Wednesday was our day to take care of business. There were meetings to be had and interviews to conduct. Vicki, Adrian, and I had breakfast again at Black Bear Coffee and we had my interview there. Meaghan and I had an orienteering training from 10 to 12, so during that time Vicki and Adrian met with Chief Ranger Erika Jostad to discuss the program and Denali's participation in it. We had a bit of downtime before a rescheduled meeting with Superintendent Don Striker, Deputy Superintendent Denise Swanke and Chief Jostad. During this time Vicki and Adrian interviewed Meaghan. We also talked casually with some of the other folks in the Visitor and Resource Protection division, Rangers Jim Syvertsen, Chris Shore, and Sarah Hayes, all of whom I had spent at least a little bit of time with. Our meeting seemed to go quite well, with the park brass expressing a lot of support for the program. Not so subtle hints were dropped about my becoming eligible for hire around the same time that Meaghan would be leaving for Mt. Rainier. That night we had our farewell dinner at Black Diamond Grill, where we were joined by Vicki's friend from NPS Fundamentals, interp Ranger Katie Mikulla.
The next morning Vicki and Adrian left the park and headed back to Anchorage to fly home. Their visit was short but sweet. Then I had two days off and nothing of note happened, but the next two days were fairly eventful.
Coming back on Saturday there were a good amount of rangers on duty, so Ranger Page and I were sent on a patrol out west. We went to the Eilson Visitor Center at mile 66, the farthest I had been down the park road.
|View Polychrome Pass|
|Section of road near polychrome that had recently washed out and been repaired|
|Also Polychrome Passs|
|A view from Eilson|
|My phone camera is not very good but there is a carcass in this photo|
We looked for signs to mark off a closure around the kill site in the Toklat Camp. While we were out there Ranger Page showed me around a bit, including the VRP building out there.
We also saw this happy fox, running along the side of the road.
And we saw some caribou perfectly placed for a shot in front of this epic mountain.
The patrol vehicle was quite dirty after the trip, so we gave it a wash. This power washer is pretty luxurious, last summer I had to use a squeegee.
That evening, after work, Meaghan and I had planned to go to the gym together. We were in our gym clothes and walking out the door when she got a call out about a stolen car. Since I was there at the time and it was a law enforcement scenario I had not yet encountered, I put my uniform back on as well and accompanied. We got to the visitor center and spoke to the couple, who said they had spent the last hour looking for their car and were sure they had parked there. One of them had left her Iphone in the car and she was using find my Iphone on the other's phone, and it was showing that her phone was pretty close by. Ranger Page asked the couple to get in the car with us, and using her superior investigatory skills and intimate knowledge of the park, drove us over to the Wilderness Access Center/Bus depot, where the couple's car was parked. They were a little embarrassed and thanked us for our help. Then we went to the gym.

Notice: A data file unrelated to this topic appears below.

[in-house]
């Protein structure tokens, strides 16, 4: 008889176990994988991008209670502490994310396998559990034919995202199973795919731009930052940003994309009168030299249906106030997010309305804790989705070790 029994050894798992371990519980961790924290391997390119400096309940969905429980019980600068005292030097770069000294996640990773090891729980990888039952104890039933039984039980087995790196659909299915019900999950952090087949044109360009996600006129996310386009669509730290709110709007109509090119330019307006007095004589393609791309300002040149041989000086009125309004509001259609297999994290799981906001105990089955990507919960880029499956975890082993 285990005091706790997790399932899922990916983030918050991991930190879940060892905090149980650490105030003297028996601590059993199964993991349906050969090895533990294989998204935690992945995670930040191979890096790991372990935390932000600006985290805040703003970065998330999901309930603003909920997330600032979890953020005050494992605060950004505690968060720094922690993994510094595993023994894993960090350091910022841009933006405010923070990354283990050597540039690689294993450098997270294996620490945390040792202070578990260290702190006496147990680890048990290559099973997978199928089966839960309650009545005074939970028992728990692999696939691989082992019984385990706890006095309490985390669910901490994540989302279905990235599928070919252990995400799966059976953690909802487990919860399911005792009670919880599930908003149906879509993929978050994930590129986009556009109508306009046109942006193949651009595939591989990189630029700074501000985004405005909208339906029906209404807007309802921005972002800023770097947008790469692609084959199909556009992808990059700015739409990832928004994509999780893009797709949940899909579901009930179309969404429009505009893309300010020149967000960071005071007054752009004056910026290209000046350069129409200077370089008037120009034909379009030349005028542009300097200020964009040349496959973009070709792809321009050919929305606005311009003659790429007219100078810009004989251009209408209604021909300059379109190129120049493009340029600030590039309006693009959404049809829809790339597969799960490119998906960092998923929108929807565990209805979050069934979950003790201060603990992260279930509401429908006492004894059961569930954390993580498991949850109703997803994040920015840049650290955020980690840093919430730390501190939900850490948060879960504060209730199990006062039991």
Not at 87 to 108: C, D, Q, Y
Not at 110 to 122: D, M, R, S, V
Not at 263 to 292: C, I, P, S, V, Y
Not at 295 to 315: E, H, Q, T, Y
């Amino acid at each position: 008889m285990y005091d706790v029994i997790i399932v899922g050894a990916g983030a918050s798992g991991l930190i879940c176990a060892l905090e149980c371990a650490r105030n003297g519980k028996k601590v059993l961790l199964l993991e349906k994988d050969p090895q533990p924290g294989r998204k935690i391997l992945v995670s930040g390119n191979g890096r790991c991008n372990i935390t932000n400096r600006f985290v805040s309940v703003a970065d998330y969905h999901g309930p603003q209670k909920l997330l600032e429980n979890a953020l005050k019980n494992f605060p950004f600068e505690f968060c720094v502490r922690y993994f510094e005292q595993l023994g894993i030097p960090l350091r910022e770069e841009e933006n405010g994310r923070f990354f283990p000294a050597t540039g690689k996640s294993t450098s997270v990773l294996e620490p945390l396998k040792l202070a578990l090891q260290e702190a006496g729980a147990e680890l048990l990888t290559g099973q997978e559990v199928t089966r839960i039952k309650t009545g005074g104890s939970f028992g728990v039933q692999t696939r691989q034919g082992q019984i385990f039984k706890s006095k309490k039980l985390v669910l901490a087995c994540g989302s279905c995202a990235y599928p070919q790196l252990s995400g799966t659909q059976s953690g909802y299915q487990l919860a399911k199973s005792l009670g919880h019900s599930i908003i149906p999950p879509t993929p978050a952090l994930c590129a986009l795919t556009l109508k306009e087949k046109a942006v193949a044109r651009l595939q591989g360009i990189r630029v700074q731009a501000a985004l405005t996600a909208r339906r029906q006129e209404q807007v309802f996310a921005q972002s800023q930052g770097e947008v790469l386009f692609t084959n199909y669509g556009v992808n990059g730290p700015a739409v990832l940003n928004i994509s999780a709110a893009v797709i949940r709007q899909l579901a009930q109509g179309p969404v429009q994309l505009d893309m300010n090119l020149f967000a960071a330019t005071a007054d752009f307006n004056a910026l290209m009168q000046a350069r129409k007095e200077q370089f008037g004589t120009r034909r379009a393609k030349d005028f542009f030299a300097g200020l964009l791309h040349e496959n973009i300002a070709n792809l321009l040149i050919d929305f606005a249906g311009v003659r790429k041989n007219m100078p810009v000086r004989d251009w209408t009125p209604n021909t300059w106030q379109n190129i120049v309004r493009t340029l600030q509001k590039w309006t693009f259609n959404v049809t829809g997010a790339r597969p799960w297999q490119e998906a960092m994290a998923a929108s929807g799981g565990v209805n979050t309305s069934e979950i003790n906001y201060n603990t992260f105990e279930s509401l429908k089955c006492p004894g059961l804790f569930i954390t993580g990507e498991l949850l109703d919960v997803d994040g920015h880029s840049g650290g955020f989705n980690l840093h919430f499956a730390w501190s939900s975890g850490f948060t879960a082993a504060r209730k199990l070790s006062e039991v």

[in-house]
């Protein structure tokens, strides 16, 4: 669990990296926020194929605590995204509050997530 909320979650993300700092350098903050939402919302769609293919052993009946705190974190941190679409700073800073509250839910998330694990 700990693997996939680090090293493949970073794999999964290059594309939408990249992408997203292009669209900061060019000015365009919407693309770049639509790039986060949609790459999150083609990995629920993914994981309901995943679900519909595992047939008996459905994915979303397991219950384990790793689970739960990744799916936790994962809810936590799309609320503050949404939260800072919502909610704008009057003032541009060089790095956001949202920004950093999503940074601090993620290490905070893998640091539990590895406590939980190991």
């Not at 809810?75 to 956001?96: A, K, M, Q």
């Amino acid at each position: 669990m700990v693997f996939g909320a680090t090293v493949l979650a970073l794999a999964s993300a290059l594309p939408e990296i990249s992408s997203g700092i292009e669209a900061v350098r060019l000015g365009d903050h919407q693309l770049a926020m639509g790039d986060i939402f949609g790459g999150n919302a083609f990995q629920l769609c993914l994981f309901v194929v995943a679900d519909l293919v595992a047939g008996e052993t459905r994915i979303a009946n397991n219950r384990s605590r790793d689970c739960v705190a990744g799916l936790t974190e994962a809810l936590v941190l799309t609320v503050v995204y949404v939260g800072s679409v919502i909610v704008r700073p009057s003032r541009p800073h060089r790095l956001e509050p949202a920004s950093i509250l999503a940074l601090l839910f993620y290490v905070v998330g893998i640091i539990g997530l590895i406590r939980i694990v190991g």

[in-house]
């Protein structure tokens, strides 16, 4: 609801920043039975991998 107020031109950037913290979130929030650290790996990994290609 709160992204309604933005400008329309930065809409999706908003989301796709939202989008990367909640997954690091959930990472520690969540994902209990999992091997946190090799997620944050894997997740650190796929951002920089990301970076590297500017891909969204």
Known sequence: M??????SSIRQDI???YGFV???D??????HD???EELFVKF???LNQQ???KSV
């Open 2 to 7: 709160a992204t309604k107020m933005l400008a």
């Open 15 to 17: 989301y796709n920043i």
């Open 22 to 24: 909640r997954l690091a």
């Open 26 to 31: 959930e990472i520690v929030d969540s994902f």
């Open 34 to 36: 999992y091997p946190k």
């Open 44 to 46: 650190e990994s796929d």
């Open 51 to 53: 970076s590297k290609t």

The next day was quite busy. Ranger Page and I made our usual morning rounds and gave out two warnings for out of bounds camping. Some quirk of one of the contacts got us taking about the Supreme Court case Hiibel v. Nevada (2004), which determined that it is not unconstitutional for states to make a law requiring suspects to identify themselves to officers during investigations if the officer has reasonable suspicion of a crime. 24 states currently have such laws, Alaska is not one of them.
A little later in the day the rangers were fingerprinting themselves to renew some kind of partial Alaska commission, making it easier to avoid jurisdictional disputes near the borders of the park. I got to help out a bit by taking Ranger Page's fingerprints using the Digit 10 Inkless fingerprinting system. It kind of has ink though.
We gave out a warning about a generator that was being operated outside of approved hours.
|Thanks to Ranger Shore, who even laid down on the |
ground to further my education
Later in the day Ranger Page and I made two traffic stops for speeding. During one of them, the driver replied yes after Ranger Page asked if there were any weapons in the car. In order to safely complete the stop, Ranger Page removed the occupants of the vehicle and sat them on the car's back bumper. This led us to practice approaching the vehicle during a traffic stop, removing occupants from vehicles, and to a lesser extent performing a Terry frisk to search for weapons.